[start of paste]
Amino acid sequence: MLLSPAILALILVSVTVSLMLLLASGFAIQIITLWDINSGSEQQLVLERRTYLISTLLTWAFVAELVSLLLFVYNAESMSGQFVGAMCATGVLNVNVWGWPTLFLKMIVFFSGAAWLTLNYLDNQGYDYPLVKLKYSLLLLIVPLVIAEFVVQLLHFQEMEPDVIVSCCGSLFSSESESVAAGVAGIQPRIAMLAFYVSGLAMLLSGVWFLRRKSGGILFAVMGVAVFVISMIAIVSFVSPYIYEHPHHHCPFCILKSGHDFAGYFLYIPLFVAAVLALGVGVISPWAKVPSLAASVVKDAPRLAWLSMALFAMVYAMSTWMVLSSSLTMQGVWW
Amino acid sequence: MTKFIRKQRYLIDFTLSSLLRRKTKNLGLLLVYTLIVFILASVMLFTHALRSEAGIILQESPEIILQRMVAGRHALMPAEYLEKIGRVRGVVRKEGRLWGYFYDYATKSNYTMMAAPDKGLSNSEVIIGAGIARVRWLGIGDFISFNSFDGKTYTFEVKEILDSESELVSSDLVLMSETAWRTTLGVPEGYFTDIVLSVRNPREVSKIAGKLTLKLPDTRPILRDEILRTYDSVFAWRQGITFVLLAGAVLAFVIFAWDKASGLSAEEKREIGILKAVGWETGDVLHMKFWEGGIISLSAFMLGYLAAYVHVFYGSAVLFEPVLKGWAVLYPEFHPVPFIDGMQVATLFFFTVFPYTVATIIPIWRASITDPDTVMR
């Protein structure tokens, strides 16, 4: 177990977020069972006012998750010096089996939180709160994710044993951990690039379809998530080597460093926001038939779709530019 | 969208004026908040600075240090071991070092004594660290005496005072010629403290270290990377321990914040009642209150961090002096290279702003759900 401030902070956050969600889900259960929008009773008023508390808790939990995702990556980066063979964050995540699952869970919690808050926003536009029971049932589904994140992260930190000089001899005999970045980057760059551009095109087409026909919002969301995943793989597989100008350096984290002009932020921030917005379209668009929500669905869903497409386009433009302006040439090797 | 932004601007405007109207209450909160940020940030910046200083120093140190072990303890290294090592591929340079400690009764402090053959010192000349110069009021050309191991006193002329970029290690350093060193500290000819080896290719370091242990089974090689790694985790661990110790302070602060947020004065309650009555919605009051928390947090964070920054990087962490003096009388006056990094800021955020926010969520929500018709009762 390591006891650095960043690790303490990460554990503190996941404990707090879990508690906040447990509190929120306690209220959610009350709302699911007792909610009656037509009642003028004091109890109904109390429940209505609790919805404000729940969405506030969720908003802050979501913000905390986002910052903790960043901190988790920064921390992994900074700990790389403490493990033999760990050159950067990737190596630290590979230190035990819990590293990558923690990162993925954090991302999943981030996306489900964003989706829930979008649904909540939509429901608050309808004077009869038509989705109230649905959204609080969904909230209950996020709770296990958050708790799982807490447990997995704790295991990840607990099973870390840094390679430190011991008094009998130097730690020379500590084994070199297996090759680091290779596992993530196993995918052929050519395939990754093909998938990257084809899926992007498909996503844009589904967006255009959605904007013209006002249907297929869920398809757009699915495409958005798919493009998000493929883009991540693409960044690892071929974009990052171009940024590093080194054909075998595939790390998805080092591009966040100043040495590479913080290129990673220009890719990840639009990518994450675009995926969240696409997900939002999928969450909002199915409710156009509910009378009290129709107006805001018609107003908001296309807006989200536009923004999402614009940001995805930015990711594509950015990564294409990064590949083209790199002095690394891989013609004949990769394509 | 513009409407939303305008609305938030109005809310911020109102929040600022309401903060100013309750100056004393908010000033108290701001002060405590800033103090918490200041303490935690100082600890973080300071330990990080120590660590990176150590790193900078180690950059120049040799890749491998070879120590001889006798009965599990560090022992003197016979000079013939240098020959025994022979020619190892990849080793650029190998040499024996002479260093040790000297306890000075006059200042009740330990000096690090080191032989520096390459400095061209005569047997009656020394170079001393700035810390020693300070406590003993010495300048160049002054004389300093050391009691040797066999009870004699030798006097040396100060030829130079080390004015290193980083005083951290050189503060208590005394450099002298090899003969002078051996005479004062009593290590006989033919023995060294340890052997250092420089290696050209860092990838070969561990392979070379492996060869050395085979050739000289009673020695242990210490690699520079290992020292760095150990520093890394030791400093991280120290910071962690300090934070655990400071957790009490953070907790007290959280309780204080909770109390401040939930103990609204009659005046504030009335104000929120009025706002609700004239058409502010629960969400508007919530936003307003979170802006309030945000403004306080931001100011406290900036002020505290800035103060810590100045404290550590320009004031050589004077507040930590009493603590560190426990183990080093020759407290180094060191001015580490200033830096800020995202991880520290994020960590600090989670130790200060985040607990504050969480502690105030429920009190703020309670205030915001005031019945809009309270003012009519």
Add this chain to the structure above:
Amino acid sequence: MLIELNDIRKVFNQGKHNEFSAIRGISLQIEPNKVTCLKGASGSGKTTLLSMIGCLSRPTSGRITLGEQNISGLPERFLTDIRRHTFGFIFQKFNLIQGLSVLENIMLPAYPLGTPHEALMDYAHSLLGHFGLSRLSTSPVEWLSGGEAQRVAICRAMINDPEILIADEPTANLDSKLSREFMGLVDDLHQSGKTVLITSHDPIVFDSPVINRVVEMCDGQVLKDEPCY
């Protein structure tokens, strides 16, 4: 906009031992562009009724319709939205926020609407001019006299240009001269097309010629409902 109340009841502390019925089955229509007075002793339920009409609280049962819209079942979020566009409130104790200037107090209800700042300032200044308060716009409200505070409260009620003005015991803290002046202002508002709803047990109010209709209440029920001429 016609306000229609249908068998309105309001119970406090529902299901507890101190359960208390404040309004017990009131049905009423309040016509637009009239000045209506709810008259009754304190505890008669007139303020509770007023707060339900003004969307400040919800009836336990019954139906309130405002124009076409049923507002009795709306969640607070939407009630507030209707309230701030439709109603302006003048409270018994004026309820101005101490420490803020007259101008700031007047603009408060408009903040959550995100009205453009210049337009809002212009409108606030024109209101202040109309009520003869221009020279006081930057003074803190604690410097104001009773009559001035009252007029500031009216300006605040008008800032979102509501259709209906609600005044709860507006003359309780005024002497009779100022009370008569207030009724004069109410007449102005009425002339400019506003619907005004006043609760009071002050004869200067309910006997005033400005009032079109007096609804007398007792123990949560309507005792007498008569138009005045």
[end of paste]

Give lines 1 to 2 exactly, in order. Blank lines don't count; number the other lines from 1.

Amino acid sequence: MLLSPAILALILVSVTVSLMLLLASGFAIQIITLWDINSGSEQQLVLERRTYLISTLLTWAFVAELVSLLLFVYNAESMSGQFVGAMCATGVLNVNVWGWPTLFLKMIVFFSGAAWLTLNYLDNQGYDYPLVKLKYSLLLLIVPLVIAEFVVQLLHFQEMEPDVIVSCCGSLFSSESESVAAGVAGIQPRIAMLAFYVSGLAMLLSGVWFLRRKSGGILFAVMGVAVFVISMIAIVSFVSPYIYEHPHHHCPFCILKSGHDFAGYFLYIPLFVAAVLALGVGVISPWAKVPSLAASVVKDAPRLAWLSMALFAMVYAMSTWMVLSSSLTMQGVWW
Amino acid sequence: MTKFIRKQRYLIDFTLSSLLRRKTKNLGLLLVYTLIVFILASVMLFTHALRSEAGIILQESPEIILQRMVAGRHALMPAEYLEKIGRVRGVVRKEGRLWGYFYDYATKSNYTMMAAPDKGLSNSEVIIGAGIARVRWLGIGDFISFNSFDGKTYTFEVKEILDSESELVSSDLVLMSETAWRTTLGVPEGYFTDIVLSVRNPREVSKIAGKLTLKLPDTRPILRDEILRTYDSVFAWRQGITFVLLAGAVLAFVIFAWDKASGLSAEEKREIGILKAVGWETGDVLHMKFWEGGIISLSAFMLGYLAAYVHVFYGSAVLFEPVLKGWAVLYPEFHPVPFIDGMQVATLFFFTVFPYTVATIIPIWRASITDPDTVMR